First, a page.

Monday, December 10, 2007

How to develop fundraising capacity?

"You want to build the fundraising capacity of by helping people to write proposals and documents and build donor contacts, but in practice people want you to write the proposals for them. Time constraints put you in that position too. Yet how will they deal with fundraising after I'm gone? What to do?"

Is there enough quality in the organisation to write proposals and build donor contacts? In some cases the organizations are be capable to write good quality proposals (maybe with some English editing) but have a lot of work to do and deadlines are announced or discovered only shortly before. The definition of the challenge for the advisor is how to best do capacity building, and at the same time making sure there is a good proposal to submit on time.

What exactly is the fundraising capacity that needs improvement? In most cases, organizations can improve on following donors formats, knowing and using the concepts that donors use, or being in synch with the donor's ideas. Innovation levels may be low, and proposals may be (partly) copied.

Which approach to choose? How bad is it to choose for a implementing approach (writing proposals) versus a capacity building approach? Some consideration that an advisor can make to choose between one or the other approach are is to look at the positive and negative aspects of each approach:

What are the negative aspects of writing project proposals for them?

  • There's less capacity building
  • It will take longer before they will (or will be able to) write the documents themselves.
  • It will put your colleagues in a dependent position
  • You might not be aware of any important issues that should beincluded

What are the positive aspects of writing project proposals for them?-

  • Larger chances for timely submission
  • Less working hours put into the process
  • Better use of the English language ;-)-

What are the negative aspects of denying to write documents for them and stick to a capacity building approach?

  • There might not be the desired output
  • Thus e.g. your organization might miss the opportunity forfinding funding

What are the positive aspects of denying to write documents for them and stick to a capacity building approach?

  • More capacity building?
  • Raise of awareness on responsibility
  • They might blame you for it?/ Feel it's inconsiderate?

On another level, the advisor may prepare document on donor-information needs, a planning for proposal writing, and also a donor-list, with donors possibly interested in funding.Working on improvement in the planning, monitoring and evaluation system may lead to more efficient planning of fundraising activities.

When a group of organizations have the same need you may organize a participatory training in fundraising. Participants exchange methodologies used in proposal development and facilitators make modifications to befit comtemporary approach.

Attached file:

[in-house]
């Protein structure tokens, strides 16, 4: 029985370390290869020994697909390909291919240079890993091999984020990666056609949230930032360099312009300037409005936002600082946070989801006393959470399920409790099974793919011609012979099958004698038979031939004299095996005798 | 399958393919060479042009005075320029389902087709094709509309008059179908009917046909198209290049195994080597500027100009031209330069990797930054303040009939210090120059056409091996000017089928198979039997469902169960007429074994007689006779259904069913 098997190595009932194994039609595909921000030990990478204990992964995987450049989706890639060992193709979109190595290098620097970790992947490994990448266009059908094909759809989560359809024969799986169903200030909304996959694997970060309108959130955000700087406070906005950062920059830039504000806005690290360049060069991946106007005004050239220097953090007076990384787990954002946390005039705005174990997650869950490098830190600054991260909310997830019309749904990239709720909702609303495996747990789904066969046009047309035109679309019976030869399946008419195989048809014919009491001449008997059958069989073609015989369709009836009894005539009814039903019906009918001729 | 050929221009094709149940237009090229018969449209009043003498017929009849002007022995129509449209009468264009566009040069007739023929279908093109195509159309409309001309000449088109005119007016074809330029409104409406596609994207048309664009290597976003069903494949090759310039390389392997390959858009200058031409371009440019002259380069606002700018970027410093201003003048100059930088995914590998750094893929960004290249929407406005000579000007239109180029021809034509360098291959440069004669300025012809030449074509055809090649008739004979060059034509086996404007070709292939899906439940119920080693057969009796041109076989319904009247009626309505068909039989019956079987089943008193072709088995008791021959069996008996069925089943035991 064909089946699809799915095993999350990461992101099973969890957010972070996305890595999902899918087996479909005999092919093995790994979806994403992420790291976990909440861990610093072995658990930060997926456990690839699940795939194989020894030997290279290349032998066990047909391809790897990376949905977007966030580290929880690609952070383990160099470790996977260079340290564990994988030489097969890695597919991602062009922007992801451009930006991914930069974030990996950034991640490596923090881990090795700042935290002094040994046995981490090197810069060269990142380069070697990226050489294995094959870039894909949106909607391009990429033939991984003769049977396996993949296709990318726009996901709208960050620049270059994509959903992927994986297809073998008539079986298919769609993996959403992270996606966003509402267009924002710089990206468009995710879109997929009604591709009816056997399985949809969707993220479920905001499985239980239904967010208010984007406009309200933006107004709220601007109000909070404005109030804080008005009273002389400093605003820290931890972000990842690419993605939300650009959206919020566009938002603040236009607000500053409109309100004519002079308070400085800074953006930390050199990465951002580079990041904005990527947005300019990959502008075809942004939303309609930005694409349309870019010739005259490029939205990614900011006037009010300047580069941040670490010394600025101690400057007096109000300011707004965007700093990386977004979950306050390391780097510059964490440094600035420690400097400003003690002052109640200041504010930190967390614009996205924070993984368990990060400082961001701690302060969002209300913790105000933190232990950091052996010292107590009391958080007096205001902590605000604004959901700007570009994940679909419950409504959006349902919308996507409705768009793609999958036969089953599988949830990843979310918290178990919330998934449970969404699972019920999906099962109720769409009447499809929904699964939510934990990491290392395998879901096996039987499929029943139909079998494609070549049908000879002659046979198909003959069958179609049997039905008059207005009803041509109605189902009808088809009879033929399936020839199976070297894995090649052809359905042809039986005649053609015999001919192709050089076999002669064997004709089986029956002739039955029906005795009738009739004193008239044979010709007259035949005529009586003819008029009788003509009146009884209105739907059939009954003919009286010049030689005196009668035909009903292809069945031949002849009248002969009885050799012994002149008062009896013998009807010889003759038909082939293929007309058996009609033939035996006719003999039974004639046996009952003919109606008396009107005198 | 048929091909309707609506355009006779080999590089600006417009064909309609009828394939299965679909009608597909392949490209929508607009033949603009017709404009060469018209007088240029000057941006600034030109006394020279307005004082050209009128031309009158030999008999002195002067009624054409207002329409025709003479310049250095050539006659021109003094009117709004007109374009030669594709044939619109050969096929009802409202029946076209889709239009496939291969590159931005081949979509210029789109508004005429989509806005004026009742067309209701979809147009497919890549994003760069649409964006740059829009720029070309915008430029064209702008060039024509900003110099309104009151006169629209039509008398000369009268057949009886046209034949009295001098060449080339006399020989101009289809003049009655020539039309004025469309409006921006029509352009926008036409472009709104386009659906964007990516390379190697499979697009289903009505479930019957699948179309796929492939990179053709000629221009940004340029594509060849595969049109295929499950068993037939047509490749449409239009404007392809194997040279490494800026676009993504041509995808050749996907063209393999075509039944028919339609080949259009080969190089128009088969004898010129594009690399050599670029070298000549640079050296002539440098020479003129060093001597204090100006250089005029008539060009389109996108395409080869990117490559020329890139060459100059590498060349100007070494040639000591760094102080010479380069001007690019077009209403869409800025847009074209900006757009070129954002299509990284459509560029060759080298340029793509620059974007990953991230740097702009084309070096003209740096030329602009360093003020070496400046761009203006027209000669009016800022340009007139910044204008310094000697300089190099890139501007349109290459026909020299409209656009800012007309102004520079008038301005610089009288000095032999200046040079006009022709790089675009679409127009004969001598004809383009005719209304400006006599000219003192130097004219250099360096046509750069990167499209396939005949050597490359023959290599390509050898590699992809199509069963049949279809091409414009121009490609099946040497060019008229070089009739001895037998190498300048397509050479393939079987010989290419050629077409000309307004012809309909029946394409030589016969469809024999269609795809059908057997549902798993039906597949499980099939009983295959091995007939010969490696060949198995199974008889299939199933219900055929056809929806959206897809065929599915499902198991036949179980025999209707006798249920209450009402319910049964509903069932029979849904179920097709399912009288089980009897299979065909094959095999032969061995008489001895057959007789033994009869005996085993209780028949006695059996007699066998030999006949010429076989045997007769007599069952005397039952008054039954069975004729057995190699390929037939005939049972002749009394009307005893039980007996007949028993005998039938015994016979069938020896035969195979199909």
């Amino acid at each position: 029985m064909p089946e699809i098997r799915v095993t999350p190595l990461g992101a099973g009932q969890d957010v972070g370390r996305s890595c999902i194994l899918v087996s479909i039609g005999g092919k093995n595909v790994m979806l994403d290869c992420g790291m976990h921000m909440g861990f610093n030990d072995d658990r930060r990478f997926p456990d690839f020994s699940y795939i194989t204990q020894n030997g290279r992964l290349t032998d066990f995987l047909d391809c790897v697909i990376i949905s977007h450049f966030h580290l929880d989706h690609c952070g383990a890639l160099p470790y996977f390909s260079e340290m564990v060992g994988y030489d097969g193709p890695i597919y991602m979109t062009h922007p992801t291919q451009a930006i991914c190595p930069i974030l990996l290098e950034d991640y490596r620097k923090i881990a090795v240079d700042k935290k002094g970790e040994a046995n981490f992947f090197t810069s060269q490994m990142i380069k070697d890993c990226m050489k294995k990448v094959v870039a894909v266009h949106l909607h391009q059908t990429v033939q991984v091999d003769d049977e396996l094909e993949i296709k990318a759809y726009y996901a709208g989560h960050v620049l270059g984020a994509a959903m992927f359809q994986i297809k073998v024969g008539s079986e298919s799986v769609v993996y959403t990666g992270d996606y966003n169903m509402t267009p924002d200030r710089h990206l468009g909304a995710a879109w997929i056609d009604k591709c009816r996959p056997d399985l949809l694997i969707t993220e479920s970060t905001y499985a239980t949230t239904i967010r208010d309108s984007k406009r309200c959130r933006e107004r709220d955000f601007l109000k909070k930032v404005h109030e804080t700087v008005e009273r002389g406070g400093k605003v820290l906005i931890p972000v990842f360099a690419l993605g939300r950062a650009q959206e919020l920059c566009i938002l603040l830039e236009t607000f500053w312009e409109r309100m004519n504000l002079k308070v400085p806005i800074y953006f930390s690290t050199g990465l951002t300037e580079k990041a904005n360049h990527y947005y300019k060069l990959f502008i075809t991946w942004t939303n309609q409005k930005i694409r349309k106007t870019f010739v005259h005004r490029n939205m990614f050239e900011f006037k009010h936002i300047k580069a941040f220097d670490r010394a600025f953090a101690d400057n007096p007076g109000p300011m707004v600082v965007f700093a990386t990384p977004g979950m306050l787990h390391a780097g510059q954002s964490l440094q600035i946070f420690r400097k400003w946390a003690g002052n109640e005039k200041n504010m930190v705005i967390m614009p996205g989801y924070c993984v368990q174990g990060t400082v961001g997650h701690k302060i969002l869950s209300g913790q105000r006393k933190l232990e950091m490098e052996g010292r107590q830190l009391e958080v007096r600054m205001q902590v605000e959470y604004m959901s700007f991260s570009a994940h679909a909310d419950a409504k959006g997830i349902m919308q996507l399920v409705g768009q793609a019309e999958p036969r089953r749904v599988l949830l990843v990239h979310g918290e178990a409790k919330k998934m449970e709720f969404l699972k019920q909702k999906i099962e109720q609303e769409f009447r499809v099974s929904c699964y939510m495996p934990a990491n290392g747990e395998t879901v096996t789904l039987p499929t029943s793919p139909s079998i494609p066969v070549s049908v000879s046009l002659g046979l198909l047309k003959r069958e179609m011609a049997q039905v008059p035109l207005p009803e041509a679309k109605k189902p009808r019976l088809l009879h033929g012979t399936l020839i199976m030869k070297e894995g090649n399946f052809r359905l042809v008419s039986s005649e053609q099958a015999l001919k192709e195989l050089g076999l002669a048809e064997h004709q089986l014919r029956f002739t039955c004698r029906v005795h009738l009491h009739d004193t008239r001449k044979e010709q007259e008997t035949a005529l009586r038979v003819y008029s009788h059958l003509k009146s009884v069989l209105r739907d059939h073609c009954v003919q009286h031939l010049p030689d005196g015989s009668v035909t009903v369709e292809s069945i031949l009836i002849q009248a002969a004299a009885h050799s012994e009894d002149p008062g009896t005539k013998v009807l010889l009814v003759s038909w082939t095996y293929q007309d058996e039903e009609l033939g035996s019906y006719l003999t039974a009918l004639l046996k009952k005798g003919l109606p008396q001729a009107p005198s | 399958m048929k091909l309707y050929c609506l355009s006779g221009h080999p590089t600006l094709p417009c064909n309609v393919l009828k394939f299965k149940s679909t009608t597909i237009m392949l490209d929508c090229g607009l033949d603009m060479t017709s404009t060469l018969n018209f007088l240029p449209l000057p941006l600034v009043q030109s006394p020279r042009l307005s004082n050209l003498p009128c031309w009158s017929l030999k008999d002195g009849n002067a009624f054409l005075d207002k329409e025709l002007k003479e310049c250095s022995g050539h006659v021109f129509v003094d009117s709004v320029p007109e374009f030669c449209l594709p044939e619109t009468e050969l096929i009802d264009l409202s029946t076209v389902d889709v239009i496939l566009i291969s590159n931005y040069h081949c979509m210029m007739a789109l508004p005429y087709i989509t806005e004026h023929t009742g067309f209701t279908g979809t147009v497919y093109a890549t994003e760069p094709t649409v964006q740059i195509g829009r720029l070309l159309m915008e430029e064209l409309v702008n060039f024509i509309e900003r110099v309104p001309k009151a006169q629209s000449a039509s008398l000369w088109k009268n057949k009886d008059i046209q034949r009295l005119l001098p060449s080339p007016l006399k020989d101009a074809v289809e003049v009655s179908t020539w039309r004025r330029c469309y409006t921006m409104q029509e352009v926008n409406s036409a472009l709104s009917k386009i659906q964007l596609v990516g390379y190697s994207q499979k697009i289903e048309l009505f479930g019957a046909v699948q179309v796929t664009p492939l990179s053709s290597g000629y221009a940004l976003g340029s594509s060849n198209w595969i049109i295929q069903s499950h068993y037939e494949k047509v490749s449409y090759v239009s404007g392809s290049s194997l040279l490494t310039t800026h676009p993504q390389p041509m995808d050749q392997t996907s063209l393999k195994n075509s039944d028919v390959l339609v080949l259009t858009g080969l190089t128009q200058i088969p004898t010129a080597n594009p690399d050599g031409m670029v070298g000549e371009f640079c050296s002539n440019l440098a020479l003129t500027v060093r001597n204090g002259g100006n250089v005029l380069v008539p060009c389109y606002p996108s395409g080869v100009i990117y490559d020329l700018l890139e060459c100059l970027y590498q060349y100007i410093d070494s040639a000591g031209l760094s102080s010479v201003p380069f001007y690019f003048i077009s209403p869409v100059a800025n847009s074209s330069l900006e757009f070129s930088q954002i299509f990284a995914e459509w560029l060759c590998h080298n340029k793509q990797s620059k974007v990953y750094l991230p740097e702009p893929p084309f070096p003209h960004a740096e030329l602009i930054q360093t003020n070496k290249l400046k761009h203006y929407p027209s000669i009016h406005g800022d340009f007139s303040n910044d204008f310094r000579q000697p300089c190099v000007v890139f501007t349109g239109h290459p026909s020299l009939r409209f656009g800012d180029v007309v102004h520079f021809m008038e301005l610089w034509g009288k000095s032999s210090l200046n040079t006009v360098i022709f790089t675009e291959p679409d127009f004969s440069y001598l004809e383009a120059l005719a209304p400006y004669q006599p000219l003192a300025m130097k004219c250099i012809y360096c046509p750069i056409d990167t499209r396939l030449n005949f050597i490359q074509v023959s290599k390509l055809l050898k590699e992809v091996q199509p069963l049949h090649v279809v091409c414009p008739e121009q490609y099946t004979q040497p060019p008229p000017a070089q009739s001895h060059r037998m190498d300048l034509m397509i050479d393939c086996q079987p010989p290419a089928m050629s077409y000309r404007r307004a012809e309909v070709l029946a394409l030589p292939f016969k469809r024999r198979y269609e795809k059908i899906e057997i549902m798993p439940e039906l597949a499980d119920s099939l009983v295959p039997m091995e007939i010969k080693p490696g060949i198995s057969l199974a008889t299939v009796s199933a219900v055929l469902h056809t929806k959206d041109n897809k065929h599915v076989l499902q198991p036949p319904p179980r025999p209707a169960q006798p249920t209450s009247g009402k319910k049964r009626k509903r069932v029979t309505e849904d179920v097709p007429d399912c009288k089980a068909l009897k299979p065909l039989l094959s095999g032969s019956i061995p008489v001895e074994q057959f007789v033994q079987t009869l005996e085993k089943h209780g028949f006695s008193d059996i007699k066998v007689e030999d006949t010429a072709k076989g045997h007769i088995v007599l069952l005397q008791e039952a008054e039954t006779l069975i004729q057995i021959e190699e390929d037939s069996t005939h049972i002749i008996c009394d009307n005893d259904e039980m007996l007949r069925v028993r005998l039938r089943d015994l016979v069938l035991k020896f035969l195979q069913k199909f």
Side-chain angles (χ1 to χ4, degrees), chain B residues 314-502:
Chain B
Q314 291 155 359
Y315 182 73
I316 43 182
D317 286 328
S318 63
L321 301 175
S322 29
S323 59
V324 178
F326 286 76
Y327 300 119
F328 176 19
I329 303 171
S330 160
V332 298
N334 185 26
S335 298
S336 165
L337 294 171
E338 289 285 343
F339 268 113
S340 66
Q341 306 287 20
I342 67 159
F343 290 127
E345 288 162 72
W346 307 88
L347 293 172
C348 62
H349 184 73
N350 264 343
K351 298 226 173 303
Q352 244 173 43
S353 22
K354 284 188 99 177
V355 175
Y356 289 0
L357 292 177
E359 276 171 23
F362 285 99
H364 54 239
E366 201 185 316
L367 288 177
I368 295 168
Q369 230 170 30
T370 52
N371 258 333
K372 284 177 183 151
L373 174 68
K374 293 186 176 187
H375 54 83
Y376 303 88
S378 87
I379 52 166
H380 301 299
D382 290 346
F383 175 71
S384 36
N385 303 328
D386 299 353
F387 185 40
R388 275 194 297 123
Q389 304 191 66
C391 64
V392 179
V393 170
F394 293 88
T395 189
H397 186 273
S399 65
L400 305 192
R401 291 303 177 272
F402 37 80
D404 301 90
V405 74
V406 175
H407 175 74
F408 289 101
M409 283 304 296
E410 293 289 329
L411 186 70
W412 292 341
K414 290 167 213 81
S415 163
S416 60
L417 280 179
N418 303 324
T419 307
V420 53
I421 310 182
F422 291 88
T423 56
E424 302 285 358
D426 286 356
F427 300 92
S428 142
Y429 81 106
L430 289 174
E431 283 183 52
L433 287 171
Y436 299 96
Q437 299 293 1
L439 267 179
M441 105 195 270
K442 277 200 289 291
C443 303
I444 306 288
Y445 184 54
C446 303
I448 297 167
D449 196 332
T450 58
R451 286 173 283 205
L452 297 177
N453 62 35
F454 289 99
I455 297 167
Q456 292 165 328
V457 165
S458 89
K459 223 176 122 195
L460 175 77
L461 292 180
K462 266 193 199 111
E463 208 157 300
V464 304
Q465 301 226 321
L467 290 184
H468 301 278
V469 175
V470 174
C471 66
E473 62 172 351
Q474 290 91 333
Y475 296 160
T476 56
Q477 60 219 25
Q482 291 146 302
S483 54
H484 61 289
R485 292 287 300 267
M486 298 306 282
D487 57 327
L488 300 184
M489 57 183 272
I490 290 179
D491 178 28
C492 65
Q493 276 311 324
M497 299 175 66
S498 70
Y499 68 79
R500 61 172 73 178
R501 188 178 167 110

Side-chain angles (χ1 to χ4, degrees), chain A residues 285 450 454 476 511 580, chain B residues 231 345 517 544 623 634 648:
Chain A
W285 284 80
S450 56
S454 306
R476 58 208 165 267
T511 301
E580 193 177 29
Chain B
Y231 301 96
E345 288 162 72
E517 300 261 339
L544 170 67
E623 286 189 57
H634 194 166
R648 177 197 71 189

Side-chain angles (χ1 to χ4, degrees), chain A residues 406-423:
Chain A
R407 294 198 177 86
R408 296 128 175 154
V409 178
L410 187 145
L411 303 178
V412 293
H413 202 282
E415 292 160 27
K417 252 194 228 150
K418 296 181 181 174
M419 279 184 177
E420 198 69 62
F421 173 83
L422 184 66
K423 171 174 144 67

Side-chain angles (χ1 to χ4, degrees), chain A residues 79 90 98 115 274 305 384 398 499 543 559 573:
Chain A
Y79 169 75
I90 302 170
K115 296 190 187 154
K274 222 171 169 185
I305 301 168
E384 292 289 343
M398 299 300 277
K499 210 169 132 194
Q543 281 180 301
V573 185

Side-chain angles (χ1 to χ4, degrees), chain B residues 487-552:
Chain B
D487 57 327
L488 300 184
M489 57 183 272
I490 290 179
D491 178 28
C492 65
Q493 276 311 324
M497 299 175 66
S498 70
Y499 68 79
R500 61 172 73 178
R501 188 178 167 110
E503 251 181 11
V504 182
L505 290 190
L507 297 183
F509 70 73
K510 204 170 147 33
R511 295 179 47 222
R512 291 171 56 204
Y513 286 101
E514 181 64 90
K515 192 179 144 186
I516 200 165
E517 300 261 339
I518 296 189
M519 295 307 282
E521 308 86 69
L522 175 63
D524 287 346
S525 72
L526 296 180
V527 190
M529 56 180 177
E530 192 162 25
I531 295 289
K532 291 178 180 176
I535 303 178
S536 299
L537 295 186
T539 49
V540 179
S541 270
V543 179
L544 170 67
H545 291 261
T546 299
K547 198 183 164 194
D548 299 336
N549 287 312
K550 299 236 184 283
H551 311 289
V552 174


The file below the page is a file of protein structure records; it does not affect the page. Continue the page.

An assumption at play within the organization may be that 'what capacity advisors write will be accepted by the donor'. Since the assumption may be that he/she has contacts or knowledge of the language in use. One strategy being used is to allow the organizations to work along themes as advanced by ICCO. This approach will hopefully consolidate the fragmented proposals into programs that may have larger impact.

We can view capacity building from a systems-thinking perspective, in which the different levels of capacity (institutional/contextual;organisational; individual) are interacting in a dynamic and complex way. To give an example of proposal writing, when a partner needs (wants) to develop a proposal, the success will depend on many questions and factors, eg How much information on the context is available?, Are there any partnerships/networks that we engage with that cansupport us? , What is our overall organisational strategy and how does this proposal fits in?

Following this systems-thinking approach as a capacity builder, you conduct an inquiry of the system-factors active in each case. Proposal writing is not simply the development of a group of activities with a budget. It is supposed to be part of thestrategic programming framework of an organisation. Sometimes it is not a bad idea to invest more time in ‘writing’ a proposal when this also leads to a more strategic approach to proposal development (for instance by building on best practices, aligning it to strategic framework, engaging with new partners).

Proposal writing should be in relation to a strategic plan, based upon a profound context analysis. Some advisors have reservations, as strategic plans may be donor-driven and organizations may be more opportunistic in reality while looking for resources. Organizations must learn that they can also say 'no' to a donor. In one case, an organization said no, and the donor returned with a proposal that fit the organization's priorities better.

A gradual approach may be a strategy to facilitate a process of creating awareness about sustainability in proposal writing:

  1. The first time you do the whole proposal writing process together, making sure there is substantive input from your colleague (and recognition for that).
  2. The next time, you start up together, so that it becomes very concrete and clear what needs to be done for this particular assignment. Brainstorm together, but don't write full texts. When it's finished you discuss it together.
  3. The next time, your colleagues brainstorm and you discuss the results afterwards, as well as the final text when that has been written.
  4. And finally, you will only discuss the final steps.
And finally, the advisor may need to let go, the advisor is not responsible!

(for another blogpost on fundraising go here).

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